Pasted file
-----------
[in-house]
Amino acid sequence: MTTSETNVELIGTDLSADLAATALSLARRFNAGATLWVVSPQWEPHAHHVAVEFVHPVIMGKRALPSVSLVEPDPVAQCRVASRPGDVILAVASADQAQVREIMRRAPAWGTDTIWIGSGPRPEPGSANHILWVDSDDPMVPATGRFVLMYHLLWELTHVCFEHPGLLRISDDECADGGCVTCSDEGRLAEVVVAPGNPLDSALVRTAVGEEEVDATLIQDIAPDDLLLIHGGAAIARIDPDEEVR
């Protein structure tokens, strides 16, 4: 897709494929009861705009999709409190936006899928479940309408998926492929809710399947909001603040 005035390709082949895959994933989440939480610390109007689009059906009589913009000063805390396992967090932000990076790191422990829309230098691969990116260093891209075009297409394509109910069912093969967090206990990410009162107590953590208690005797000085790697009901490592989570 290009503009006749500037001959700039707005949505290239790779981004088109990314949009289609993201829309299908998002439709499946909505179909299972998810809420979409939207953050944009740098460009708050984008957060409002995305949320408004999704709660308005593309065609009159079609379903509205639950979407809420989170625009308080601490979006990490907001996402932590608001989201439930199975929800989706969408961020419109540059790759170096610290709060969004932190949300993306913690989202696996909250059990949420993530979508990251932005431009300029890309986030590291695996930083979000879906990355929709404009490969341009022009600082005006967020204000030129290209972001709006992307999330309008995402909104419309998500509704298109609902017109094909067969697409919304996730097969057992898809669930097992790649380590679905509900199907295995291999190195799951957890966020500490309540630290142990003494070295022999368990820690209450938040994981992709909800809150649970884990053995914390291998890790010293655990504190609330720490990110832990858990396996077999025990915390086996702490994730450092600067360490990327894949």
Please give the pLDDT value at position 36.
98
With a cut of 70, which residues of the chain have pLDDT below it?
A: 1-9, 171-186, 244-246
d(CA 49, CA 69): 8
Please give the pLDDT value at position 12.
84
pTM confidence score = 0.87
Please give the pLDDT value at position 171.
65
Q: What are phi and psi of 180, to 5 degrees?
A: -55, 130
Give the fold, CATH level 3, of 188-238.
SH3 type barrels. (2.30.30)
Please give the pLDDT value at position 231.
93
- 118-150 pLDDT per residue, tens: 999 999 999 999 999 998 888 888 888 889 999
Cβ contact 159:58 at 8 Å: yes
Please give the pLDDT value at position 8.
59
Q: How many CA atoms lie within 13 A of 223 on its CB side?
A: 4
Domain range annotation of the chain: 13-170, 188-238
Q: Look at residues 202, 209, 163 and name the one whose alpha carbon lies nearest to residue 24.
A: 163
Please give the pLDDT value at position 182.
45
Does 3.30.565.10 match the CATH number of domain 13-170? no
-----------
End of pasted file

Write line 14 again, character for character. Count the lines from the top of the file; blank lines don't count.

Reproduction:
Q: What are phi and psi of 180, to 5 degrees?